OS X’s 64-bit implementation differs significantly from that of Windows, which treats its 32-bit and 64-bit versions as two distinct operating systems stored on different install media. This is done mostly to maintain Windows’ compatibility with older applications – moving or renaming things like the System32 folder would break programs that expected it to be there – and as a result the two are separated to the point that there isn’t even an upgrade path between 32-bit Windows and 64-bit Windows. Because of this, and because Windows applications and drivers usually have distinct 32-bit and 64-bit versions, Windows’ transition to 64-bit has been slightly rockier and slightly more visible to the user.

OS X, on the other hand, has made a more gradual transition between 32-bit and 64-bit, with support added slowly over the course of multiple releases. OS X 10.3 and 10.4 came with some basic support for 64-bit underpinnings, but support for 64-bit applications didn’t come until 10.5 Leopard (which included the 64-bit version of Cocoa, OS X’s primary API). The same technology that allowed developers to offer Intel and PowerPC programs as a single Universal Binary also allows developers to release single packages that support both the x86 and x64 architectures.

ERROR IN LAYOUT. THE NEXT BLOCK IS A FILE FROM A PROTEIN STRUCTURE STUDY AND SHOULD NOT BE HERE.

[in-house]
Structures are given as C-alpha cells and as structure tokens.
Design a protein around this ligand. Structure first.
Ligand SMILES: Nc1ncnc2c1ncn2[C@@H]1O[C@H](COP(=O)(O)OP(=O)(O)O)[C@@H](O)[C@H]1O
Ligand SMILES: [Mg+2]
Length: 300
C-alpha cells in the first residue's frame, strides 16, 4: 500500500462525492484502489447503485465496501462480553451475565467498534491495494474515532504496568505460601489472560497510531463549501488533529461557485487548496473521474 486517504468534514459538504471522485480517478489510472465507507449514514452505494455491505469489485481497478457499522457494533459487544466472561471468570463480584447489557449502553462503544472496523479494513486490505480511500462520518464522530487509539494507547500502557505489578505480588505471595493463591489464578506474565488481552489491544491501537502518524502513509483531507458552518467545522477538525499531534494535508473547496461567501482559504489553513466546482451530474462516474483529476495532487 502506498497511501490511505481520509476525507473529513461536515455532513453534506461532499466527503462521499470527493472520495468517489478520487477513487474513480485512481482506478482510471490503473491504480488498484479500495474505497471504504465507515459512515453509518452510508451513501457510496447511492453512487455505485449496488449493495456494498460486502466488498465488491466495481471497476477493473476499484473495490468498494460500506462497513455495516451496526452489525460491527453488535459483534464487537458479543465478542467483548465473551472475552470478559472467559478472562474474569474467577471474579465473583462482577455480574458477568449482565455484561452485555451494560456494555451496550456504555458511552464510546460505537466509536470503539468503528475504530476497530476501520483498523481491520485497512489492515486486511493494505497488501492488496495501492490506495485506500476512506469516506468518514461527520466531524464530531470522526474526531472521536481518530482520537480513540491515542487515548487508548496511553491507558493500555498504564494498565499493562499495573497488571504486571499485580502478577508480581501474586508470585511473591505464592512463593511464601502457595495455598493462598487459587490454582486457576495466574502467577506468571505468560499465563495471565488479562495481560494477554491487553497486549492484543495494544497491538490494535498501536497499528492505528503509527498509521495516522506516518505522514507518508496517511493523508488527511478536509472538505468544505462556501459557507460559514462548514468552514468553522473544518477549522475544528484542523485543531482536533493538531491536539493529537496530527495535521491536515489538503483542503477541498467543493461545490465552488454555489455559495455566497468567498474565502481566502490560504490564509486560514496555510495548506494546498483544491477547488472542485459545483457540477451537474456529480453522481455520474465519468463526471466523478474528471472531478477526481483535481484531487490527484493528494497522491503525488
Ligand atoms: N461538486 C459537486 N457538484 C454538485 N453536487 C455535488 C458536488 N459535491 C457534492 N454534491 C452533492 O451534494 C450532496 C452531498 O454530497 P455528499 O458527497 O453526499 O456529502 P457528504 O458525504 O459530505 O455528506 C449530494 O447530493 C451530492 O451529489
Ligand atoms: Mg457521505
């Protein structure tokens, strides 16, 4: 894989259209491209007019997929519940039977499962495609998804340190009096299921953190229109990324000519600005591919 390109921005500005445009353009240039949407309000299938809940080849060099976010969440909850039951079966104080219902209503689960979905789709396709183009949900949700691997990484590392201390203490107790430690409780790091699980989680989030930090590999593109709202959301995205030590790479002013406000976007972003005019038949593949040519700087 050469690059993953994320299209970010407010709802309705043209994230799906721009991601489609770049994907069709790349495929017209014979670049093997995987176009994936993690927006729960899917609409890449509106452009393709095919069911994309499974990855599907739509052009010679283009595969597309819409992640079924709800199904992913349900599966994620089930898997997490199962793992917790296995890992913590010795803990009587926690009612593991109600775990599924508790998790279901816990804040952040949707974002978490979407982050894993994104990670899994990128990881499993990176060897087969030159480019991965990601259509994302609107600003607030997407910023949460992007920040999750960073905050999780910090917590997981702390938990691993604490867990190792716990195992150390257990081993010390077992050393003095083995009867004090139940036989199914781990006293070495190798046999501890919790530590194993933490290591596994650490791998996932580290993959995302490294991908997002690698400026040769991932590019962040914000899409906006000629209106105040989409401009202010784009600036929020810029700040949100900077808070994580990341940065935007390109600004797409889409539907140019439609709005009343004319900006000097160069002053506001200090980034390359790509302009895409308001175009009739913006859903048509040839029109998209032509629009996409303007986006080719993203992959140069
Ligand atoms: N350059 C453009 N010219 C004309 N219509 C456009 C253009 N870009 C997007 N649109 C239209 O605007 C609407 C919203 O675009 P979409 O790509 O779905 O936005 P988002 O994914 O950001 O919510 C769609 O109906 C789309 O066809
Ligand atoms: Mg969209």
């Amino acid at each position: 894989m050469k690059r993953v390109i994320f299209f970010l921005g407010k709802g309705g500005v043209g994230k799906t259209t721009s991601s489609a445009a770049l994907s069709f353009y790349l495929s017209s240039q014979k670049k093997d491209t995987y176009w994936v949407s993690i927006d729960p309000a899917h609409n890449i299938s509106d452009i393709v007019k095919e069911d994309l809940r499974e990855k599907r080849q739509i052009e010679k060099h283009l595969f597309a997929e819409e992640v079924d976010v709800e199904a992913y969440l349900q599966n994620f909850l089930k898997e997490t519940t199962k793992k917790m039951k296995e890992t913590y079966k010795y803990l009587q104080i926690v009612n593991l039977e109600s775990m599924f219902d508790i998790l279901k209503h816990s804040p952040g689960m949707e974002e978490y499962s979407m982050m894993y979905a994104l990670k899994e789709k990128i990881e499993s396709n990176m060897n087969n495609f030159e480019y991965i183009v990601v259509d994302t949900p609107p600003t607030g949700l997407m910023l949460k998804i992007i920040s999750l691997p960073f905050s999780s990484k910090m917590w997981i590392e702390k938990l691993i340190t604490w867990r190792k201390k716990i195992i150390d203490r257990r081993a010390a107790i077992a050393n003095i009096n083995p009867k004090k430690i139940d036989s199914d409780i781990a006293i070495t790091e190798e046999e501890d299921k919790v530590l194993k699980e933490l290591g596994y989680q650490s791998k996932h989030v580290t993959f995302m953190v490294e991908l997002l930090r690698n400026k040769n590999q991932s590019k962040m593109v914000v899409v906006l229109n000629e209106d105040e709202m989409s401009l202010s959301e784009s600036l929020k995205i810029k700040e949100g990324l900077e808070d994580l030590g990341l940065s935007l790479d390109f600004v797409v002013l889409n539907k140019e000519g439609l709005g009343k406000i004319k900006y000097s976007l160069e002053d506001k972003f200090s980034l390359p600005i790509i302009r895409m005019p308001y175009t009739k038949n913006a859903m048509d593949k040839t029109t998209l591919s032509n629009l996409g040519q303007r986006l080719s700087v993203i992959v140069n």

While Leopard brought support for 64-bit apps that can address more than 4GB of memory, Snow Leopard actually introduced an OS kernel (along with 64-bit kernel extensions and drivers) that was 64-bit, though a 32-bit kernel was used by default on almost all Macs whether they supported the 64-bit kernel or not. This was done mostly to give software developers time to get 64-bit KEXTs and drivers ready – since Snow Leopard’s release, Apple has released both Mac Pros and MacBook Pros that boot with the 64-bit kernel by default (and OS X Server uses a 64-bit kernel by default in even more models, as outlined in this Apple support document).

Lion pushes this a bit further by booting a 64-bit kernel on basically any Mac that supports it – the 2007 aluminum iMac, the 2009 unibody MacBook Pro, and the 2010 MacBook Air I used booted Snow Leopard with the 32-bit kernel by default, but booted with the 64-bit kernel for Lion (and the iMac and the Air didn't even support the 64-bit kernel in Snow Leopard). That being said, Lion still includes the 32-bit OS X kernel, and will use it on machines that don’t support the 64-bit kernel – you can still make full use of 64-bit apps and more than 4GB of RAM, even though the OS kernel itself can’t. This won't usually be a big deal, since the Macs that can’t use the 64-bit kernel are mostly older models with RAM caps at or under 4GB anyway.